During this period the GMC also spent months investigating a complaint against Dr Myhill for delivering babies whilst her licence to practice was suspended. What had happened is that she had placed a spoof Christmas article on her website about how she went out in the snow to assist one Rosemary Hogg who lived on a remote farm and was in labour with a multiple birth. There was a link to a photograph of the Hogg family which, if the complainer had bothered to click, would have brought him to a photograph of a sow with a litter of piglets. Rosemary Hogg is one of Dr. Myhill's pet pigs.

    The supplements recommended by Dr Myhill have by no means cured me, but they - or some of them - have lifted things enough for me to be able to think straight for a few hours each day and clear the pain out my system quite a bit faster after any activity. She literally was the last thing left on my 'to try' list before suicide, so she saved my life. Until the GMC case the test results also succeeded in getting a certain family member who thought I was malingering off my back. The accusations against her then provided said person with the perfect excuse to ignore all the abnormal test results, including established ones like cell-free DNA, and go back to treating me as lazy.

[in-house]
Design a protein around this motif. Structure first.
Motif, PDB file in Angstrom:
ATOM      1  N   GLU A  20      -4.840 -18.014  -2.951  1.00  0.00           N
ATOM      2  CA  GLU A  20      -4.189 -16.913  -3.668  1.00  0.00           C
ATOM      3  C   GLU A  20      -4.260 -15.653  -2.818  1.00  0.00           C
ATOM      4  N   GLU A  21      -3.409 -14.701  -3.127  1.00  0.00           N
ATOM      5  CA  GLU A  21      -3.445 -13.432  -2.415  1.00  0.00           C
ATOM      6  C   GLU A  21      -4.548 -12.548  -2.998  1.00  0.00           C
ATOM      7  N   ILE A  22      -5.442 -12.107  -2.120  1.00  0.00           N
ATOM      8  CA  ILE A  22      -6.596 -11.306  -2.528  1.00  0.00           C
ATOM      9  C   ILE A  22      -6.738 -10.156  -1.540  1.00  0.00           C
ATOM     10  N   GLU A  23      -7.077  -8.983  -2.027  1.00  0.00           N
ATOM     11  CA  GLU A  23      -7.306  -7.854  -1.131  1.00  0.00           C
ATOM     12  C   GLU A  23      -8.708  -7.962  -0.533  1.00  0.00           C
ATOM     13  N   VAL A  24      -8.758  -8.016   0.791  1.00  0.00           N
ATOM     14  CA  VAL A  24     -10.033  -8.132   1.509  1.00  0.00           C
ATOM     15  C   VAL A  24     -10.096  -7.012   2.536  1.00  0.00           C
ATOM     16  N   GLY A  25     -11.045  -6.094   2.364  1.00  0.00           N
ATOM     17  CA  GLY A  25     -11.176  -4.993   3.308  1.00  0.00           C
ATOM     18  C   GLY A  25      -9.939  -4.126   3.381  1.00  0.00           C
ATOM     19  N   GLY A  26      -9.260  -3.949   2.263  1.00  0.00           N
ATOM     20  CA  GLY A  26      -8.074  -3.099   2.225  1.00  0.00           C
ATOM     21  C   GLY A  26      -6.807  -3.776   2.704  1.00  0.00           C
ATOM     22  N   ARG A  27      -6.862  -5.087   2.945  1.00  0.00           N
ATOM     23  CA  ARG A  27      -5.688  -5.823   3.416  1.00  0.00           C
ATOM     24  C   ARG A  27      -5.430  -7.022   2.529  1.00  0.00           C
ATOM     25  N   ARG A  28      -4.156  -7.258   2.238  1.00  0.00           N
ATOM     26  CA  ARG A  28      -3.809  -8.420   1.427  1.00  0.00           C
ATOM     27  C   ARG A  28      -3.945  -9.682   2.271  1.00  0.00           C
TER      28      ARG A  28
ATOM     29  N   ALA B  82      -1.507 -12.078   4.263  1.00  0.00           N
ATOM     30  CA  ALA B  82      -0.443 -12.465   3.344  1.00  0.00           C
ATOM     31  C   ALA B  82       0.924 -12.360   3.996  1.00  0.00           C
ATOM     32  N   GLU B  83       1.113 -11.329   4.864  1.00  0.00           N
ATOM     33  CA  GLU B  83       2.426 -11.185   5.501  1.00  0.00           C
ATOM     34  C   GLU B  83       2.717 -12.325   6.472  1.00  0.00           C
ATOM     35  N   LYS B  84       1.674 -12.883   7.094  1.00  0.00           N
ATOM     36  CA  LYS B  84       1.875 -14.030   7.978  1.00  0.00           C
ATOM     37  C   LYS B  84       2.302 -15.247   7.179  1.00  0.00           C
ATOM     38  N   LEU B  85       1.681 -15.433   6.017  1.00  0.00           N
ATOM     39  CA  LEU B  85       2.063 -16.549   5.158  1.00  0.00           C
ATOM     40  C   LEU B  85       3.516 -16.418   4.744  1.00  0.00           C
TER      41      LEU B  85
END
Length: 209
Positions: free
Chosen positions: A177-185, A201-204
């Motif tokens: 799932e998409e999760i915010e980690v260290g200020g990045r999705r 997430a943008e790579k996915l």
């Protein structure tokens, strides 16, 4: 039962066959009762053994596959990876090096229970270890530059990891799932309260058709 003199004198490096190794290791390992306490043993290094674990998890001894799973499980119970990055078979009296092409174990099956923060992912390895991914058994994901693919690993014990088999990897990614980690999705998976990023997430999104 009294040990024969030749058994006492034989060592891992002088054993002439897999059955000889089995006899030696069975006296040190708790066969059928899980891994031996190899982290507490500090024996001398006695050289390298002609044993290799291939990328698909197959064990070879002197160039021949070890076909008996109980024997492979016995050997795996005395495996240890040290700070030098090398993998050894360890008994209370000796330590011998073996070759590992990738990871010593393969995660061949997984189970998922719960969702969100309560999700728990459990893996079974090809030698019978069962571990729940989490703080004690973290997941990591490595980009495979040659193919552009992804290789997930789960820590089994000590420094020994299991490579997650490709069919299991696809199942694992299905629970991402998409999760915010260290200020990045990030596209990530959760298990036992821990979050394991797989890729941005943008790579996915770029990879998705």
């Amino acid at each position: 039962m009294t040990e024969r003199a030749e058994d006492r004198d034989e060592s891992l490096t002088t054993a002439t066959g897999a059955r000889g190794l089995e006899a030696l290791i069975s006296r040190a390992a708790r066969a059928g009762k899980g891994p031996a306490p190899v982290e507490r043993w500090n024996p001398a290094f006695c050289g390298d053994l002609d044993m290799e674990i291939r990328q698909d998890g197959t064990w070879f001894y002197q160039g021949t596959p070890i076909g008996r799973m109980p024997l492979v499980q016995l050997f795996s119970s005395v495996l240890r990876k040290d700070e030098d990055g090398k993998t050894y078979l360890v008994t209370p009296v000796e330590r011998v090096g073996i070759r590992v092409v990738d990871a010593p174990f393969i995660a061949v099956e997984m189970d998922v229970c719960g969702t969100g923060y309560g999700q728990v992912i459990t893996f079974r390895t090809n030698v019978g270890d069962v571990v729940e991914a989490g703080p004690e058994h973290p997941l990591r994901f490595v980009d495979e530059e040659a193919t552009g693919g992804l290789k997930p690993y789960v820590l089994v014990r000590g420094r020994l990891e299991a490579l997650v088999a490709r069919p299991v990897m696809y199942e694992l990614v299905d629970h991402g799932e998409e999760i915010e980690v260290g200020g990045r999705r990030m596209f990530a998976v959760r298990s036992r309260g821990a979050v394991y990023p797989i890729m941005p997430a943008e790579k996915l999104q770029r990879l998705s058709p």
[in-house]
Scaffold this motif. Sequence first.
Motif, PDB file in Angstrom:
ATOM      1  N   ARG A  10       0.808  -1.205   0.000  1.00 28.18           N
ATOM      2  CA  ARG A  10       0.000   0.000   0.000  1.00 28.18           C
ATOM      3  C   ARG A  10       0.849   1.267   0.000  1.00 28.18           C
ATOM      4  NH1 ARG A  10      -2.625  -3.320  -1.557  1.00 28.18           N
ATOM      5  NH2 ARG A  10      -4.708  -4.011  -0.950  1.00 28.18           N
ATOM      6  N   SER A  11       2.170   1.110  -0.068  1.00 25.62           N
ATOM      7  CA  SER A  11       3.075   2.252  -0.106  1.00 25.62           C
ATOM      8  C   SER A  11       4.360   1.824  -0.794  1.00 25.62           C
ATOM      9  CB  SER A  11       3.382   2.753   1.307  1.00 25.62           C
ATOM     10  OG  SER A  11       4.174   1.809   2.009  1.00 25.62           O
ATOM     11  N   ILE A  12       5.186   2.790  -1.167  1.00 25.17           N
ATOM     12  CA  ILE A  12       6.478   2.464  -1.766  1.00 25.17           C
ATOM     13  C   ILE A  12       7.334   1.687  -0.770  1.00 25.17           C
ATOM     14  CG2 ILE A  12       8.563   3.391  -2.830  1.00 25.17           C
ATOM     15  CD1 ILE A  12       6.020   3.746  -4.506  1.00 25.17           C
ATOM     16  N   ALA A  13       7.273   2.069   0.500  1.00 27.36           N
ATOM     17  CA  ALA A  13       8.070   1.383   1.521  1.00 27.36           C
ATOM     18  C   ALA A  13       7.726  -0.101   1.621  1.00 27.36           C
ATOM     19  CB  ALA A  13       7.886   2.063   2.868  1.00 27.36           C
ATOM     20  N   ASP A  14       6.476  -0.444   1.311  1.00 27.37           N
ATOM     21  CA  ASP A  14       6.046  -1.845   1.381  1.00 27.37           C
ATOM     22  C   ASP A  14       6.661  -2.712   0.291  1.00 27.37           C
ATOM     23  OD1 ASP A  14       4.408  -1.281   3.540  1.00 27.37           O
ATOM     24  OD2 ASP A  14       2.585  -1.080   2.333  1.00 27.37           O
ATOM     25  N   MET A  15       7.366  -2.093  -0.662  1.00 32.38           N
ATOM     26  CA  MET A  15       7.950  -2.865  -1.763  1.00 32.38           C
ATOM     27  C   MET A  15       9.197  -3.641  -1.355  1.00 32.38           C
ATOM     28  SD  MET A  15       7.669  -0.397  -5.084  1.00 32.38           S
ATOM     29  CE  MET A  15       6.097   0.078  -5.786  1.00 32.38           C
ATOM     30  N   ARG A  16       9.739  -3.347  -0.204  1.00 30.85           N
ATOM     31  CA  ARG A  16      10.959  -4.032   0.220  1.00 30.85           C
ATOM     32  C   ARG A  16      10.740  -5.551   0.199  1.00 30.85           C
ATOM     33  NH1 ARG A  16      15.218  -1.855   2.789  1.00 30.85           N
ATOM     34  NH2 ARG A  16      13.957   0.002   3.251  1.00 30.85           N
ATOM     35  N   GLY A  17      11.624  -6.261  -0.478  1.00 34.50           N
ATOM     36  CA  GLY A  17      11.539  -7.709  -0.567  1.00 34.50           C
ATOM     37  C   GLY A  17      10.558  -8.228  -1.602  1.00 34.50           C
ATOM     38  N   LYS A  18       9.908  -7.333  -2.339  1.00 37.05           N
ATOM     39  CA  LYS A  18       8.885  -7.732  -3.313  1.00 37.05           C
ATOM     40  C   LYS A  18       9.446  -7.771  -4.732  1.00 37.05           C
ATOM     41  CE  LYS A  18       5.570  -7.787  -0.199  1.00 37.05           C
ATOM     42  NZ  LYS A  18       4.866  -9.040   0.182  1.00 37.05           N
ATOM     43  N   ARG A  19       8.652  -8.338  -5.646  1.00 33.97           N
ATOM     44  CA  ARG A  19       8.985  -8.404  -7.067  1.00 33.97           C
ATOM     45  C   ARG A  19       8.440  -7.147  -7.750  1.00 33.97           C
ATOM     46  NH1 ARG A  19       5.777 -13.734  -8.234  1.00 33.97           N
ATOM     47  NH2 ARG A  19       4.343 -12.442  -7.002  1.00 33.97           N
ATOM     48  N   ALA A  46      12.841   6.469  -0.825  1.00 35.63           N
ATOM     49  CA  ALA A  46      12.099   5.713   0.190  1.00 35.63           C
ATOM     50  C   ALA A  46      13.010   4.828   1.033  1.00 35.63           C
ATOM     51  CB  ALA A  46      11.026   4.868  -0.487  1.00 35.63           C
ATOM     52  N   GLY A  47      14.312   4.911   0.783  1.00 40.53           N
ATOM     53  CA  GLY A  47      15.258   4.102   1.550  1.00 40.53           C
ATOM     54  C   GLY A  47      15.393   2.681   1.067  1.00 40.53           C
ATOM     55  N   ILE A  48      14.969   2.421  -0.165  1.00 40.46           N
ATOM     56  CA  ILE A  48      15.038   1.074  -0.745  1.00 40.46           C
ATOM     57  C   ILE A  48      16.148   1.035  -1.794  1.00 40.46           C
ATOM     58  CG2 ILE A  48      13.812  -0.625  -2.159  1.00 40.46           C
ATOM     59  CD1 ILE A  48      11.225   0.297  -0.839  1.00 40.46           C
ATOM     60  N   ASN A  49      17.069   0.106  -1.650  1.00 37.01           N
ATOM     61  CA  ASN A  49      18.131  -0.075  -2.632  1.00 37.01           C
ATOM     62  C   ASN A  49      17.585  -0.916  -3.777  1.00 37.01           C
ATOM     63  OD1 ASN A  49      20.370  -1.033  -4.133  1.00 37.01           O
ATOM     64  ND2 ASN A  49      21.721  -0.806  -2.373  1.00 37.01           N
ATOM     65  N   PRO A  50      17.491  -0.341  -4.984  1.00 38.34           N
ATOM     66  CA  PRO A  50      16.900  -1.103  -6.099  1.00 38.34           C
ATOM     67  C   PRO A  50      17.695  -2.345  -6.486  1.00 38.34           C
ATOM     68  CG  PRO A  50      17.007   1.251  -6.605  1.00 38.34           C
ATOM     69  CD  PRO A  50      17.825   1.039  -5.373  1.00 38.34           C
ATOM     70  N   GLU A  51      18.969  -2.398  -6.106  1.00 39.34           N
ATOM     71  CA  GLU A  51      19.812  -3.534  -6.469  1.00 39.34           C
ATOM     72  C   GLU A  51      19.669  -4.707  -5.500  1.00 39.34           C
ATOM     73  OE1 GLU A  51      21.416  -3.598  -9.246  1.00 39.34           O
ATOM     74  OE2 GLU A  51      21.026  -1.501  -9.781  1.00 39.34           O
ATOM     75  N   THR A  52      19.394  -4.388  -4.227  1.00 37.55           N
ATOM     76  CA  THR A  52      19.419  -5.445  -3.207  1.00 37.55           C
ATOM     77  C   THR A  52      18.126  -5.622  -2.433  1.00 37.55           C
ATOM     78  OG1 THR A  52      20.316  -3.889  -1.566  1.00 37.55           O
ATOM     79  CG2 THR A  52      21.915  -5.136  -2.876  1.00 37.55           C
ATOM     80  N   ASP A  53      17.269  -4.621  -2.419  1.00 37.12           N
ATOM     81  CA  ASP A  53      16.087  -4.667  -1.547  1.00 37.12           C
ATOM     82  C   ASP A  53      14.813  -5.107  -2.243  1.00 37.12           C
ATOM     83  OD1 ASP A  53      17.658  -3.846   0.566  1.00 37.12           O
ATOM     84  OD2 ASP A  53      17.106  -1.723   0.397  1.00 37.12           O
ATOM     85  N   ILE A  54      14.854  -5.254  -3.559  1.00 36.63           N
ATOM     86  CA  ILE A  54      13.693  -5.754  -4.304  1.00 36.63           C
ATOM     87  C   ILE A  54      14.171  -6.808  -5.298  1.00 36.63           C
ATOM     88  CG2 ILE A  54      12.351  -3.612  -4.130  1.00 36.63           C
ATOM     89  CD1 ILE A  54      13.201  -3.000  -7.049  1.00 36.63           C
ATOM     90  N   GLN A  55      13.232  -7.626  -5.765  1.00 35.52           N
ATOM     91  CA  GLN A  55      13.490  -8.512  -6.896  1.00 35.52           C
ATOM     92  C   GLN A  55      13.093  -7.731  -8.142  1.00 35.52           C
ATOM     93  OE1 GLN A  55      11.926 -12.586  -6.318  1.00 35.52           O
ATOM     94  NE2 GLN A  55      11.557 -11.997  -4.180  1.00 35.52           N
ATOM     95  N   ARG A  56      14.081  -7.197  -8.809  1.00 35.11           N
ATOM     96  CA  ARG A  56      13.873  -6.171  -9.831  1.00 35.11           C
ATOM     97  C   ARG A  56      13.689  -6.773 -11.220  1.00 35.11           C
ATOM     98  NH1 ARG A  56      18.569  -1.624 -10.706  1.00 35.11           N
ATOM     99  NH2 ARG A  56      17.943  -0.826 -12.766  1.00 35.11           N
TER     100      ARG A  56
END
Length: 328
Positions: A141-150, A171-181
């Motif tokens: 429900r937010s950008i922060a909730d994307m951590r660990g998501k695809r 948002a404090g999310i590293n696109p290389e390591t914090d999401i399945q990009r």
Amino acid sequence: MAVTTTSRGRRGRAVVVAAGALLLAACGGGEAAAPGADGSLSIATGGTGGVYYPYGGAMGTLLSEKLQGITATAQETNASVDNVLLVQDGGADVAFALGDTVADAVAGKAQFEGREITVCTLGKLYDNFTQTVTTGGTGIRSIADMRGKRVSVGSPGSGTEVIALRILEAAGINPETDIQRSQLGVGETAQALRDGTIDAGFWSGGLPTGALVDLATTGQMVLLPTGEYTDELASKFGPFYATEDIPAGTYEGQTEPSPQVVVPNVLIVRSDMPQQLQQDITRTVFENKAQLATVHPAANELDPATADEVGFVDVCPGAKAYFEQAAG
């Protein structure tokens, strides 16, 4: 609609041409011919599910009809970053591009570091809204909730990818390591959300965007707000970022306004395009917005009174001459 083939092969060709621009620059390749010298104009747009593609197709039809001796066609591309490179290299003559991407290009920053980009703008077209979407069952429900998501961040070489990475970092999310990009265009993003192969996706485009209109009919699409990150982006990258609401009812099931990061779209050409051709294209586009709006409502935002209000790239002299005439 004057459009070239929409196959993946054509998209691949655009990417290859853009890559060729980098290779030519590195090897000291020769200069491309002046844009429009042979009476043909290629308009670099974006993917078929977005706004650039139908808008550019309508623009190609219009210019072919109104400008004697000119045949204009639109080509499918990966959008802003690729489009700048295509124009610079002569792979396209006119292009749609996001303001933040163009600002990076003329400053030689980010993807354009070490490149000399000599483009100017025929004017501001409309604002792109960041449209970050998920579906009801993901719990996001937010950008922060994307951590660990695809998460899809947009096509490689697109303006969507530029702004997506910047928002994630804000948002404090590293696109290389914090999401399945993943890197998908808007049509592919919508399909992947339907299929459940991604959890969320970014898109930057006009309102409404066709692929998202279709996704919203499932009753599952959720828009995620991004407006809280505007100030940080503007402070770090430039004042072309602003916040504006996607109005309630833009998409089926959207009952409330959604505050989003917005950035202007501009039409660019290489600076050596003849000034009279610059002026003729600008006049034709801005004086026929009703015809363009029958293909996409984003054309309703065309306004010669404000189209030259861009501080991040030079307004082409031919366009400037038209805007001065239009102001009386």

I think this needed saying. If the benchmark of good medical practice is the dictates of the GMC or NICE, then we in the UK are all sunk.
     
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  7. Barry53

    Barry53 Senior Member

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    Well done for speaking out.
     
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  8. Hip

    Hip Senior Member

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    According to the GMC website quote posted above by @Kina, the cancer issue relates to a statement on breast cancer screening; this statement apparent was that thermal imaging (breast thermography) was superior to mammography for cancer detection. Ref: here. I have not looked into this issue, so cannot comment on the ins and outs of it.